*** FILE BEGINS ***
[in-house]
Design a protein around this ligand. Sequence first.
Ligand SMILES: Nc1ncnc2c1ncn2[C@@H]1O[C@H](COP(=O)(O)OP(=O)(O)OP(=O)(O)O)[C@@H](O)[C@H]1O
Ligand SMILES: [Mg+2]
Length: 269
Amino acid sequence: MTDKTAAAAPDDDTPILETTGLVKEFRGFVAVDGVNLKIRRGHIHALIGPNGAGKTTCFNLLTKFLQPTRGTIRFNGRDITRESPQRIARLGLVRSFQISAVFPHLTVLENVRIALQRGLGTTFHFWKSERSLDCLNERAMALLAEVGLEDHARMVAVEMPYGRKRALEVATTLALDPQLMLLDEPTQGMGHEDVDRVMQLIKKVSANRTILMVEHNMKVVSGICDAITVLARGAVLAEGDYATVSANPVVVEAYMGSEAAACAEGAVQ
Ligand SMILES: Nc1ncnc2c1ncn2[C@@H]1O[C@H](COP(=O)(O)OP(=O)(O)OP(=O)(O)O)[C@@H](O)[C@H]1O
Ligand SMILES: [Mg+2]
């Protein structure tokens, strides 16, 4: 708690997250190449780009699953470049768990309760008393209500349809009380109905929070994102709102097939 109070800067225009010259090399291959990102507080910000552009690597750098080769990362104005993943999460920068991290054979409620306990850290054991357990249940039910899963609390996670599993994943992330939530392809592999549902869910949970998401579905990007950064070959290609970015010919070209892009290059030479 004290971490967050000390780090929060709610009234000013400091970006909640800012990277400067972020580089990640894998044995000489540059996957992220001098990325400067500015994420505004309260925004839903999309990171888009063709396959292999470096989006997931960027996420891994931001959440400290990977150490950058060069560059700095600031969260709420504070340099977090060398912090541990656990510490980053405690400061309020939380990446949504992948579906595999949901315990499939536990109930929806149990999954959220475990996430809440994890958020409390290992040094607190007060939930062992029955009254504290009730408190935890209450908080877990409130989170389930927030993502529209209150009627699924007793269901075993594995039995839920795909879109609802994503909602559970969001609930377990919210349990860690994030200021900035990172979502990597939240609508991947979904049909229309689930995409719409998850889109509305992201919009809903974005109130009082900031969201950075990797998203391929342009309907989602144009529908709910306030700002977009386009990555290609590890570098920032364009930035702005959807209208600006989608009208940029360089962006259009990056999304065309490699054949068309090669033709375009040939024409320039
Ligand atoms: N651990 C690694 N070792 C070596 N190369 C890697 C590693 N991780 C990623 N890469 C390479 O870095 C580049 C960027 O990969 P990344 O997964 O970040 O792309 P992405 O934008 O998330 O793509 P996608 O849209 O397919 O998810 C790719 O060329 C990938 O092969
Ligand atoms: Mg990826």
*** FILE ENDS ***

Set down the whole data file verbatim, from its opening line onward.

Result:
[in-house]
Design a protein around this ligand. Sequence first.
Ligand SMILES: Nc1ncnc2c1ncn2[C@@H]1O[C@H](COP(=O)(O)OP(=O)(O)OP(=O)(O)O)[C@@H](O)[C@H]1O
Ligand SMILES: [Mg+2]
Length: 269
Amino acid sequence: MTDKTAAAAPDDDTPILETTGLVKEFRGFVAVDGVNLKIRRGHIHALIGPNGAGKTTCFNLLTKFLQPTRGTIRFNGRDITRESPQRIARLGLVRSFQISAVFPHLTVLENVRIALQRGLGTTFHFWKSERSLDCLNERAMALLAEVGLEDHARMVAVEMPYGRKRALEVATTLALDPQLMLLDEPTQGMGHEDVDRVMQLIKKVSANRTILMVEHNMKVVSGICDAITVLARGAVLAEGDYATVSANPVVVEAYMGSEAAACAEGAVQ
Ligand SMILES: Nc1ncnc2c1ncn2[C@@H]1O[C@H](COP(=O)(O)OP(=O)(O)OP(=O)(O)O)[C@@H](O)[C@H]1O
Ligand SMILES: [Mg+2]
């Protein structure tokens, strides 16, 4: 708690997250190449780009699953470049768990309760008393209500349809009380109905929070994102709102097939 109070800067225009010259090399291959990102507080910000552009690597750098080769990362104005993943999460920068991290054979409620306990850290054991357990249940039910899963609390996670599993994943992330939530392809592999549902869910949970998401579905990007950064070959290609970015010919070209892009290059030479 004290971490967050000390780090929060709610009234000013400091970006909640800012990277400067972020580089990640894998044995000489540059996957992220001098990325400067500015994420505004309260925004839903999309990171888009063709396959292999470096989006997931960027996420891994931001959440400290990977150490950058060069560059700095600031969260709420504070340099977090060398912090541990656990510490980053405690400061309020939380990446949504992948579906595999949901315990499939536990109930929806149990999954959220475990996430809440994890958020409390290992040094607190007060939930062992029955009254504290009730408190935890209450908080877990409130989170389930927030993502529209209150009627699924007793269901075993594995039995839920795909879109609802994503909602559970969001609930377990919210349990860690994030200021900035990172979502990597939240609508991947979904049909229309689930995409719409998850889109509305992201919009809903974005109130009082900031969201950075990797998203391929342009309907989602144009529908709910306030700002977009386009990555290609590890570098920032364009930035702005959807209208600006989608009208940029360089962006259009990056999304065309490699054949068309090669033709375009040939024409320039
Ligand atoms: N651990 C690694 N070792 C070596 N190369 C890697 C590693 N991780 C990623 N890469 C390479 O870095 C580049 C960027 O990969 P990344 O997964 O970040 O792309 P992405 O934008 O998330 O793509 P996608 O849209 O397919 O998810 C790719 O060329 C990938 O092969
Ligand atoms: Mg990826």